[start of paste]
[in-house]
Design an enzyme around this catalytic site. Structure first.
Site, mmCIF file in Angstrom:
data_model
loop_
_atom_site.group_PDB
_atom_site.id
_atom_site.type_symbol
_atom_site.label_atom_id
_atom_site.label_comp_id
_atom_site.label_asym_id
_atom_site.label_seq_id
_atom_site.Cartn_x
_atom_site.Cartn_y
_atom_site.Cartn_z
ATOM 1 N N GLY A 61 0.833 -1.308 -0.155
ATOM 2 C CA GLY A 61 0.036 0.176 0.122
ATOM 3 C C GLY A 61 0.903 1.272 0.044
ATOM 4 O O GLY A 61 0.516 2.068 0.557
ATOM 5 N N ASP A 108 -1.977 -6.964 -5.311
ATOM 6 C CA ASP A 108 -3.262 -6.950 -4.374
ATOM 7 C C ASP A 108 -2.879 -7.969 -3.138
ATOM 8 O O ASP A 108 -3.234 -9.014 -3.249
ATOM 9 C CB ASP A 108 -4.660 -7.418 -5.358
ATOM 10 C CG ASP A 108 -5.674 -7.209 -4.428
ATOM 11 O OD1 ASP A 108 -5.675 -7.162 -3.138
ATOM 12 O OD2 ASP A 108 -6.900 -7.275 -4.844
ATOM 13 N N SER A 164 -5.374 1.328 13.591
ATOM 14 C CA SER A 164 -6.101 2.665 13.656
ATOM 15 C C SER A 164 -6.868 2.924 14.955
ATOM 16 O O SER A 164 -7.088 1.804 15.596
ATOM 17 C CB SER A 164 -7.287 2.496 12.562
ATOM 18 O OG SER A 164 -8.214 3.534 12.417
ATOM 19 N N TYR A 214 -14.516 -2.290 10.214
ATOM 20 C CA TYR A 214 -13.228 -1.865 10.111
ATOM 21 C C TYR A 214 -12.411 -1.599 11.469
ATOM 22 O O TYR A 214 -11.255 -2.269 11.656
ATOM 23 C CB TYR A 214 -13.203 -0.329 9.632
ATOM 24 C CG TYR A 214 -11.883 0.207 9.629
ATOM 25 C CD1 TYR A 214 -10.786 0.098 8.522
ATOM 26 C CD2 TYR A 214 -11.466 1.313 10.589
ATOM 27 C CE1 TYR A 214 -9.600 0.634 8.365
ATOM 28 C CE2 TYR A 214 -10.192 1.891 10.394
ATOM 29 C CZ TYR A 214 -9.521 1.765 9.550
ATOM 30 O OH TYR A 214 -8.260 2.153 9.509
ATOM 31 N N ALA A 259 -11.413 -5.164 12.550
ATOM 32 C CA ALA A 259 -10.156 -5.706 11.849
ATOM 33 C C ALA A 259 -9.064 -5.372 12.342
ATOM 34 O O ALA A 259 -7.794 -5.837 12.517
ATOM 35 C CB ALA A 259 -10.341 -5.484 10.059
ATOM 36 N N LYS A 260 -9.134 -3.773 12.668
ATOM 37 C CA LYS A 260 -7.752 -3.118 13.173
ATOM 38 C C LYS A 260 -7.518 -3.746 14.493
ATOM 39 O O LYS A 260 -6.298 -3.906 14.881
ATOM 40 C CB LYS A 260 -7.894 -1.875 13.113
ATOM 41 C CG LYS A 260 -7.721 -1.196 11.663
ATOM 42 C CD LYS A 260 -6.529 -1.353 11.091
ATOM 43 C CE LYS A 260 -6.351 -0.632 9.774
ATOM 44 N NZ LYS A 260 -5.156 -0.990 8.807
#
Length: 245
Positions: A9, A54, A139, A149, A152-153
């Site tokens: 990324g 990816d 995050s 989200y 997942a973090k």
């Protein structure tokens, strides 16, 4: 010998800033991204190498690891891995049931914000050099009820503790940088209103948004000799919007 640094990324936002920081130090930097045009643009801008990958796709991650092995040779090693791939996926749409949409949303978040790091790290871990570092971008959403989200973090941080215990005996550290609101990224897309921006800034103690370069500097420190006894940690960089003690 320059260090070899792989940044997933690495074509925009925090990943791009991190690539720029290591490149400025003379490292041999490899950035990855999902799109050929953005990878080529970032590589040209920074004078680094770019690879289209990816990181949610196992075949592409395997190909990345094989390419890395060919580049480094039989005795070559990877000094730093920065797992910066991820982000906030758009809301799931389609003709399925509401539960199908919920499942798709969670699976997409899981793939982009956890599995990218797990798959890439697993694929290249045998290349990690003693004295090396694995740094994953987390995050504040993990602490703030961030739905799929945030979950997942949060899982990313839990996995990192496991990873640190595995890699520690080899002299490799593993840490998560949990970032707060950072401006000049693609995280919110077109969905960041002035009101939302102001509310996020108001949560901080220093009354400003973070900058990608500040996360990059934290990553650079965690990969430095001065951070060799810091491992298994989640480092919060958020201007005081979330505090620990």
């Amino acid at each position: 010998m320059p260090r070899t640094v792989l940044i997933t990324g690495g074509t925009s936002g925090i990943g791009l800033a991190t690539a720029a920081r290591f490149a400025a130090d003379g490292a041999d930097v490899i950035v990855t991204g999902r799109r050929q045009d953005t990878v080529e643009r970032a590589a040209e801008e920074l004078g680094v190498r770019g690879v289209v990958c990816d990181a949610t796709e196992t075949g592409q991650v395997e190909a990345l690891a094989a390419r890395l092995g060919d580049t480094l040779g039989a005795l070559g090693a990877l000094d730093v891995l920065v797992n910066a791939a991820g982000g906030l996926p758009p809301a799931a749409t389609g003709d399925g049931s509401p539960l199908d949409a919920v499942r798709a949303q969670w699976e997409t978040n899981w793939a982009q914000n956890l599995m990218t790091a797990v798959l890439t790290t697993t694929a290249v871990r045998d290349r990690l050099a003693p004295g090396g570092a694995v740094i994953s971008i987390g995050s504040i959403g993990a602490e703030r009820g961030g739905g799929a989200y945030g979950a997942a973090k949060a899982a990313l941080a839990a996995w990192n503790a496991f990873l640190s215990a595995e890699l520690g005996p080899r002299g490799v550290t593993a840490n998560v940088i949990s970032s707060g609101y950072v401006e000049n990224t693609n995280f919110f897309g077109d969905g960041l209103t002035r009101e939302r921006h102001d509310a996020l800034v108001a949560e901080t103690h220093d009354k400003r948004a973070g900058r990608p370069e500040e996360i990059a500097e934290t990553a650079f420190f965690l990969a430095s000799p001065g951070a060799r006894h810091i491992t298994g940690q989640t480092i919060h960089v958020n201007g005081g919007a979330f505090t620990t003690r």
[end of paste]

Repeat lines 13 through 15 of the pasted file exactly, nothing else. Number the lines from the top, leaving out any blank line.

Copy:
_atom_site.Cartn_x
_atom_site.Cartn_y
_atom_site.Cartn_z